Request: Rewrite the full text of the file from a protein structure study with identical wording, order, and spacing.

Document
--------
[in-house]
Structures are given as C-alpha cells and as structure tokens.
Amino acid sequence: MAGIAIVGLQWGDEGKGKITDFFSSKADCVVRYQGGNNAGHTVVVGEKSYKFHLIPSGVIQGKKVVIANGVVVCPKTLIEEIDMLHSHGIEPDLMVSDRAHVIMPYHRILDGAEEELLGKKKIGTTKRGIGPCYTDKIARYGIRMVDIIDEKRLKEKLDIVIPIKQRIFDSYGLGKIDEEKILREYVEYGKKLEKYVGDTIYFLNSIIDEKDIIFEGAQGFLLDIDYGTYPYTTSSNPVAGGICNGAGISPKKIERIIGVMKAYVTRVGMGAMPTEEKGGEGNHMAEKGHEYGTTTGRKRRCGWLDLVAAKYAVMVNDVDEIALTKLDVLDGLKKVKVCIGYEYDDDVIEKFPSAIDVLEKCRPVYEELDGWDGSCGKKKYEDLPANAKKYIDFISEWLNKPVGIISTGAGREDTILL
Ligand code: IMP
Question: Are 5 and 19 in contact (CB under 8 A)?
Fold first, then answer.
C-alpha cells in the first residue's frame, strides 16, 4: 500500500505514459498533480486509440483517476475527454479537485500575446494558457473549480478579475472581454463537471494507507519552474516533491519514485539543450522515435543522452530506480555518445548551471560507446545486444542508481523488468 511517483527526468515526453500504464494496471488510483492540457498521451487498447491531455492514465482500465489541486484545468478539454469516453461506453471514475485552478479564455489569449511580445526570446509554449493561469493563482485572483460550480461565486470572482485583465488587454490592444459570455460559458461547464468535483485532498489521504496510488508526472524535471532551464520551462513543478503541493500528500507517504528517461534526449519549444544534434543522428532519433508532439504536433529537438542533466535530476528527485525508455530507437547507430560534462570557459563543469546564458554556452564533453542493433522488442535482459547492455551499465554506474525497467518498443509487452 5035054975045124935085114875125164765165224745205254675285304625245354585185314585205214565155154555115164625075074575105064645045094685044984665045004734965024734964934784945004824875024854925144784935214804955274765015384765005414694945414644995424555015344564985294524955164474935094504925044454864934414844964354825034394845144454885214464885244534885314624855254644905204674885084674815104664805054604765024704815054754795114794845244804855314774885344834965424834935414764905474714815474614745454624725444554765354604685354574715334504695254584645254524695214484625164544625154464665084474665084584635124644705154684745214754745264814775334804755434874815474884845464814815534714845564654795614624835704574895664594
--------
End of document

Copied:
[in-house]
Structures are given as C-alpha cells and as structure tokens.
Amino acid sequence: MAGIAIVGLQWGDEGKGKITDFFSSKADCVVRYQGGNNAGHTVVVGEKSYKFHLIPSGVIQGKKVVIANGVVVCPKTLIEEIDMLHSHGIEPDLMVSDRAHVIMPYHRILDGAEEELLGKKKIGTTKRGIGPCYTDKIARYGIRMVDIIDEKRLKEKLDIVIPIKQRIFDSYGLGKIDEEKILREYVEYGKKLEKYVGDTIYFLNSIIDEKDIIFEGAQGFLLDIDYGTYPYTTSSNPVAGGICNGAGISPKKIERIIGVMKAYVTRVGMGAMPTEEKGGEGNHMAEKGHEYGTTTGRKRRCGWLDLVAAKYAVMVNDVDEIALTKLDVLDGLKKVKVCIGYEYDDDVIEKFPSAIDVLEKCRPVYEELDGWDGSCGKKKYEDLPANAKKYIDFISEWLNKPVGIISTGAGREDTILL
Ligand code: IMP
Question: Are 5 and 19 in contact (CB under 8 A)?
Fold first, then answer.
C-alpha cells in the first residue's frame, strides 16, 4: 500500500505514459498533480486509440483517476475527454479537485500575446494558457473549480478579475472581454463537471494507507519552474516533491519514485539543450522515435543522452530506480555518445548551471560507446545486444542508481523488468 511517483527526468515526453500504464494496471488510483492540457498521451487498447491531455492514465482500465489541486484545468478539454469516453461506453471514475485552478479564455489569449511580445526570446509554449493561469493563482485572483460550480461565486470572482485583465488587454490592444459570455460559458461547464468535483485532498489521504496510488508526472524535471532551464520551462513543478503541493500528500507517504528517461534526449519549444544534434543522428532519433508532439504536433529537438542533466535530476528527485525508455530507437547507430560534462570557459563543469546564458554556452564533453542493433522488442535482459547492455551499465554506474525497467518498443509487452 5035054975045124935085114875125164765165224745205254675285304625245354585185314585205214565155154555115164625075074575105064645045094685044984665045004734965024734964934784945004824875024854925144784935214804955274765015384765005414694945414644995424555015344564985294524955164474935094504925044454864934414844964354825034394845144454885214464885244534885314624855254644905204674885084674815104664805054604765024704815054754795114794845244804855314774885344834965424834935414764905474714815474614745454624725444554765354604685354574715334504695254584645254524695214484625164544625154464665084474665084584635124644705154684745214754745264814775334804755434874815474884845464814815534714845564654795614624835704574895664594